Zainab Arsiwala’s daughter was three months old the first time it happened. Her neck was red and glazed in rashes. The doctor called it ‘topical eczema’ and linked it to seasonal allergies.
“These allergies flare up during extreme heat and cold. She gets rashes, feels itchy, there’s skin discolouration, lots of bleeding episodes,” shudders Arsiwala.
These allergies flare up during extreme heat and cold.
Seasonal allergies, explains Dr Ali Ali, Consultant Family Medicine at King’s College Hospital London in Dubai, are “… allergic reactions that people get during certain seasons, usually in summer. This is usually when the pollen levels are high in the air, and it is also commonly known as hay fever.”
He adds: “The most commonly used medications to treat symptoms are:
- Antihistamine tablets or nasal sprays.
- Steroid nasal sprays
- Eye drops
“Whether tablets or sprays are used would depend on the patient’s symptoms as well as preference. When a person feels that their symptoms are affecting their day to day function is probably the best time to consider medication.”
Arsiwala was reticent to use steroids – as recommended by her doctor – on her baby, so she looked for alternatives, trying in turn homeopathy, which didn’t work; shea butter slatherings, which resulted in skin discolouration; and finally, steroids for a three-month period. “Now, I’m consulting a doctor in India and there’s only moisturisation, no medication but strict diet control,” she says.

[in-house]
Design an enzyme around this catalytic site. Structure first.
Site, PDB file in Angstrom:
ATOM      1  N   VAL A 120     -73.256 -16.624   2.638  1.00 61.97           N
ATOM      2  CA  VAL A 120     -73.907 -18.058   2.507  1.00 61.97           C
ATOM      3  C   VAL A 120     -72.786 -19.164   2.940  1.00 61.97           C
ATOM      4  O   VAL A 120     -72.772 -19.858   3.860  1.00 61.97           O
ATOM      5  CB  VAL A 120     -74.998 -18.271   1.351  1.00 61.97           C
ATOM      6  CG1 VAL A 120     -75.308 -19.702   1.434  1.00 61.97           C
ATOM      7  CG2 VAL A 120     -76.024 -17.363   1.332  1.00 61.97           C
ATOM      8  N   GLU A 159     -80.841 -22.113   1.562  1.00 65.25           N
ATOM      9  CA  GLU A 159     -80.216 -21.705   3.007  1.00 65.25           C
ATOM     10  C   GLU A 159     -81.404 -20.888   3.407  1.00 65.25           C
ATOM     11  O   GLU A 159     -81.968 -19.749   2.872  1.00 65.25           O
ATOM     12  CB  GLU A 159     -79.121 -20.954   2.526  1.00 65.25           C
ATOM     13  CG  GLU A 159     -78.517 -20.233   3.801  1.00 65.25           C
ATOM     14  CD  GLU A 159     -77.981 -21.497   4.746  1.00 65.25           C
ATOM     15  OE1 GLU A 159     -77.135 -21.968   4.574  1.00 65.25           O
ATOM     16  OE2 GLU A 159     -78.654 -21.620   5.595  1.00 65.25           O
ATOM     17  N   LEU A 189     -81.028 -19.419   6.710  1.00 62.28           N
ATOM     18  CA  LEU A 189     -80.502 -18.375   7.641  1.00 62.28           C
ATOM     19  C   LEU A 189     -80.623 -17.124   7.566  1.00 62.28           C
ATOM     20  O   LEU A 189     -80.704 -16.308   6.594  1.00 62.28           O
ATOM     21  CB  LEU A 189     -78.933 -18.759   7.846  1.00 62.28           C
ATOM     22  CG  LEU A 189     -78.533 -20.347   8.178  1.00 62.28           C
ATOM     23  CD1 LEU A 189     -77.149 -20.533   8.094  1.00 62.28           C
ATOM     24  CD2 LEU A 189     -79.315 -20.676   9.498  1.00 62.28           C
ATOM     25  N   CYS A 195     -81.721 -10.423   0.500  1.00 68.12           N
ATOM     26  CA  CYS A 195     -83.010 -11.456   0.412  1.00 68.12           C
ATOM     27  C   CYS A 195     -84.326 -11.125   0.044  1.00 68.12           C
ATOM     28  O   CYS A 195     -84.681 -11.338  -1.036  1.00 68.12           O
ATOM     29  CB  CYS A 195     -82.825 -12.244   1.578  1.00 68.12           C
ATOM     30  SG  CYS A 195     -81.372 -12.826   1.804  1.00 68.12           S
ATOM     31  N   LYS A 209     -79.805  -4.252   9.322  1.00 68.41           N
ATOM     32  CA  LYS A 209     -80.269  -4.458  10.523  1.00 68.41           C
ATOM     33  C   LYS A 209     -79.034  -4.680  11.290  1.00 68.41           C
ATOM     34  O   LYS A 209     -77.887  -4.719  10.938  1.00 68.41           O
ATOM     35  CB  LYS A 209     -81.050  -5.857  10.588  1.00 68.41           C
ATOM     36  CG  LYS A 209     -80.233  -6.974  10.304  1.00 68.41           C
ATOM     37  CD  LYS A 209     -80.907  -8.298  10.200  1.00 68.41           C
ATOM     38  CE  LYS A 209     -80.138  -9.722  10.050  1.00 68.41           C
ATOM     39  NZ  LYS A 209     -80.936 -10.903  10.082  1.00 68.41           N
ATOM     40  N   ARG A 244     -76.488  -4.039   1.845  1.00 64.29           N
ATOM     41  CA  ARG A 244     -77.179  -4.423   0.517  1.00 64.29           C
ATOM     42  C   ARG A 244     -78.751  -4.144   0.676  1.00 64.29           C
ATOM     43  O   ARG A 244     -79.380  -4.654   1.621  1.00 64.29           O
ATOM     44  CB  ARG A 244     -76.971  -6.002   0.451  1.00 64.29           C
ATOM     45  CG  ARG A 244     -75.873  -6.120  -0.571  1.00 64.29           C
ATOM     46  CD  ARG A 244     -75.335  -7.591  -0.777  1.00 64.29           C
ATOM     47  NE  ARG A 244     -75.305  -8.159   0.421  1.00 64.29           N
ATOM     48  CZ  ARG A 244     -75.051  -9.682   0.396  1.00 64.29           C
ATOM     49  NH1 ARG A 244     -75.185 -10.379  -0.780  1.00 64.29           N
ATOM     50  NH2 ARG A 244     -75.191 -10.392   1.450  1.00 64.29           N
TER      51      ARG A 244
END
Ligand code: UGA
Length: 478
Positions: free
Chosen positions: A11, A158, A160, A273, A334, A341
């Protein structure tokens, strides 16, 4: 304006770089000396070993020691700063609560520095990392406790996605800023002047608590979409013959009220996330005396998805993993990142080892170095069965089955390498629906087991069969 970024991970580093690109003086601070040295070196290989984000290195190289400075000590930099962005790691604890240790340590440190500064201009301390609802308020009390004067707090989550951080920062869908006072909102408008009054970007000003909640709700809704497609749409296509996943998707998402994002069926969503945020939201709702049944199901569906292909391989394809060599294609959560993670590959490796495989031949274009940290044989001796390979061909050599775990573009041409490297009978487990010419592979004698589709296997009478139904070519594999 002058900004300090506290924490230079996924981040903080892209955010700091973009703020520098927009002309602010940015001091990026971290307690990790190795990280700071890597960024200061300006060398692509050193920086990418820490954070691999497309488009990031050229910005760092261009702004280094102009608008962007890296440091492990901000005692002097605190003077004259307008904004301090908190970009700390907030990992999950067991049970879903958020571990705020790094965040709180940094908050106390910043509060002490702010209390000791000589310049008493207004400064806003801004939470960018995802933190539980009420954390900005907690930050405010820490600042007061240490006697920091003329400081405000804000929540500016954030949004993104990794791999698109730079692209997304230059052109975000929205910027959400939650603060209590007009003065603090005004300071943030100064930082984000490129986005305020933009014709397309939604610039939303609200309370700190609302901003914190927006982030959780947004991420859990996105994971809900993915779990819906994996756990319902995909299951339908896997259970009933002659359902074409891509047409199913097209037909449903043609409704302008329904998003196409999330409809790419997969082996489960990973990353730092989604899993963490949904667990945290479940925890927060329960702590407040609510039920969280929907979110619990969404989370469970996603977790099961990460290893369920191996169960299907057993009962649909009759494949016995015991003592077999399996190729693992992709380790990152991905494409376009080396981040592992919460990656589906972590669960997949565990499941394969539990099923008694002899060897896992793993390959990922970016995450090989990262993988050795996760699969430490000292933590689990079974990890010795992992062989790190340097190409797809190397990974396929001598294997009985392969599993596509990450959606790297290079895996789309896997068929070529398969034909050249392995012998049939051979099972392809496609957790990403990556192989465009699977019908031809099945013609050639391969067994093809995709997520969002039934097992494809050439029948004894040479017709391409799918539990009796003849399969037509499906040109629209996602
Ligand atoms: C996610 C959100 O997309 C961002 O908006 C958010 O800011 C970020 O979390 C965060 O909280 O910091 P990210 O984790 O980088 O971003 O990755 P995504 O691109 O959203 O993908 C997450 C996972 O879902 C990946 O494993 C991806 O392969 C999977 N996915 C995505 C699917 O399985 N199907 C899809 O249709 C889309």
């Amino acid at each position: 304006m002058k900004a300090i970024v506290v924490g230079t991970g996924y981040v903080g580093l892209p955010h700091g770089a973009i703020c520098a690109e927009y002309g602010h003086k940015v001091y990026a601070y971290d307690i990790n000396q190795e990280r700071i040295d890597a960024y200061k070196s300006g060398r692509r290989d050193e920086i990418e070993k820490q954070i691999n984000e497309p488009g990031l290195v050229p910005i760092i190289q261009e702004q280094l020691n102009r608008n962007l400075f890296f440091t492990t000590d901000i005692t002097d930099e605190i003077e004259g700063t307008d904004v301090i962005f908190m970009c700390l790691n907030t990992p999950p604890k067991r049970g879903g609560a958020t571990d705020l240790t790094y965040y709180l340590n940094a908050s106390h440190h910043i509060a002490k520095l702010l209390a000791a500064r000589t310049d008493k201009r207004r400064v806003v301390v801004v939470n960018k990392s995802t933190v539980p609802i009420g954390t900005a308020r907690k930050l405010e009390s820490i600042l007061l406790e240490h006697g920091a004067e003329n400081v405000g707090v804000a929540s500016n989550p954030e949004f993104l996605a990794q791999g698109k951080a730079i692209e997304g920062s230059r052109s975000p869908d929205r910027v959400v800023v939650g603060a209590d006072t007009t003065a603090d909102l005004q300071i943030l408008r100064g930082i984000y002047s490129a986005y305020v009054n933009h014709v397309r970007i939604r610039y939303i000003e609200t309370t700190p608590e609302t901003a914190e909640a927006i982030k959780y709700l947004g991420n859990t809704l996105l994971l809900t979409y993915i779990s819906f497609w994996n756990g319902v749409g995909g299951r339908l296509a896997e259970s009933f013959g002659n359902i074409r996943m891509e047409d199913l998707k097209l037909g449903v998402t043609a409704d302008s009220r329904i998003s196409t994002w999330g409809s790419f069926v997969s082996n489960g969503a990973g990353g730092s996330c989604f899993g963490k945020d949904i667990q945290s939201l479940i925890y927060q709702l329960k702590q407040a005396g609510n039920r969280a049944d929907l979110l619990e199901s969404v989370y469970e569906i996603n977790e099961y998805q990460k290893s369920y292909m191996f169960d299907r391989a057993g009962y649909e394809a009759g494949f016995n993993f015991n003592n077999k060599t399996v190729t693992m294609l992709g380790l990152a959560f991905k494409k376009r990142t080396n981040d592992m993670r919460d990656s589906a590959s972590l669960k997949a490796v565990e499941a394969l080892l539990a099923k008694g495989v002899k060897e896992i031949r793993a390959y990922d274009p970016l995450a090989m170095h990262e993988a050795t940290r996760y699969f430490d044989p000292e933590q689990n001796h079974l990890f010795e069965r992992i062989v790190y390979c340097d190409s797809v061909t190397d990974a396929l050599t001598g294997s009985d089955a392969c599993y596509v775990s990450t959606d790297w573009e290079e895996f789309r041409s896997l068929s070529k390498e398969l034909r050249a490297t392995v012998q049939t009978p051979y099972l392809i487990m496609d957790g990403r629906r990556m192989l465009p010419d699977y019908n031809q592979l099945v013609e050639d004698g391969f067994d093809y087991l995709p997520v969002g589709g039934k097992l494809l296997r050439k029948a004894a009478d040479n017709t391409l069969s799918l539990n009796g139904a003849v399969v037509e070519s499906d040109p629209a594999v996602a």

In deciphering which environmental factors played a role on the inflammation, Arsiwala discovered that her child was allergic to both - weather extremes and certain foods. “We did an allergen test when she was one and a half; she’s got allergies to seasonal changes as well as some foods. She’s allergic to cow’s milk, for example,” she says.
Instead, the four year old will drink almond milk, eat sesame seeds – rich in vitamins and minerals – and plenty of fruit. “She has at least two kinds of fruits every day. She has no frozen food, junk food, nothing too sugary,” says Arsiwala.